The memory 203 stores the response delay time of the response time interval beginning at the time that the diagnostic function operations are initiated by the dither signal 53 and ending at the time that the turning point of the sensor signal is determined in step 309. The processing logic 207 then determines whether enough sample(s) of the response time interval have been obtained in step 311. If not, step 303-309 will be repeated in order to obtain additional response time interval(s). The number of samples may be as few as one. If more samples are needed, the dither signal 53 will alternately drive the air-fuel ratio between a rich-to-lean response and a lean-to-rich response. For example, if the first time that steps 303-309 are performed involves the air-fuel ratio being driven from lean-to-rich, then the next time steps 303-309 are performed will involve a rich-to-lean response, and then back again to a lean-to-rich response. The forced change in fueling in step 303 therefore toggles between a rich-to-lean response and a lean-to-rich response. Consecutive samples of response time intervals will involve different rich/lean responses.
The processing logic 207 calculates an average delay time for those samples of response time intervals having a rich-to-lean response in step 313. The processing logic 207 also calculates an average delay time for those samples of response time intervals having a lean-to-rich response in step 313. Again, the number of samples of the response time interval may be merely a single sample thereby making the average delay time equal to the delay time of the single response time interval determined for the rich-to-lean response or for the lean-to-rich response.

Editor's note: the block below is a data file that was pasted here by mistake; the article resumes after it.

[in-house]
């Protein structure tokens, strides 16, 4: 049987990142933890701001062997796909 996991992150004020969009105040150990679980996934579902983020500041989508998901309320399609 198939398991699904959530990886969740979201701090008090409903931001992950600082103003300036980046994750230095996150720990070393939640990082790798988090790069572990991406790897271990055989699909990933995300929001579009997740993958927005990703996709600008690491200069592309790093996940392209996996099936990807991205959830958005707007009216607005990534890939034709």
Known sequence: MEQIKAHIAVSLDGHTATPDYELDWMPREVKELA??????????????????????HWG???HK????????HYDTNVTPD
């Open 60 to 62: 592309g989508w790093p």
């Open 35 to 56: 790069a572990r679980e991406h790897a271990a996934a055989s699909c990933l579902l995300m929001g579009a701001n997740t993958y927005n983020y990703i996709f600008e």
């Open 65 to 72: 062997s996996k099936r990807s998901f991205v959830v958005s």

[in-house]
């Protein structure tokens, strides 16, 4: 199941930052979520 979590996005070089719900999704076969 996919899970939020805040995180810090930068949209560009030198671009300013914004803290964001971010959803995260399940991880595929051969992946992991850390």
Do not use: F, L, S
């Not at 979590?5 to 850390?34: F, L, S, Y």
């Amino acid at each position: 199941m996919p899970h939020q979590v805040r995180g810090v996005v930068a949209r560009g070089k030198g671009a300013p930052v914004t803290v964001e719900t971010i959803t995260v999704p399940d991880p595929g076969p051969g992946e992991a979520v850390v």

The processing logic 207 then compares the average delay time for the rich-to-lean response time intervals to a time threshold received from time threshold table 205, and compares the average delay time for the lean-to-rich response time intervals to another time threshold received from the time threshold table 205 in step 315. The thresholds are determined by the threshold table 205 depending on the engine speed and engine load parameters 55, 57. If the processing logic 207 determines that at least one of the thresholds is exceeded by a respective average time delay, then the processing logic 207 determines that the sensor has a malfunction in step 321. On the other hand, if none of the thresholds are exceeded, the processing logic 207 determines that there is no sensor malfunction in step 319. The processing logic 207 can determine a malfunction in step 321 only if both of the rich-to-lean and lean-to-rich thresholds are exceeded. Alternatively, the processing logic 207 can determine a malfunction in step 321 if only the rich-to-lean threshold is exceeded by the average delay time of the rich-to-lean response time intervals alone or if the lean-to-rich time threshold is exceeded by the average delay time of the lean-to-rich response time intervals alone.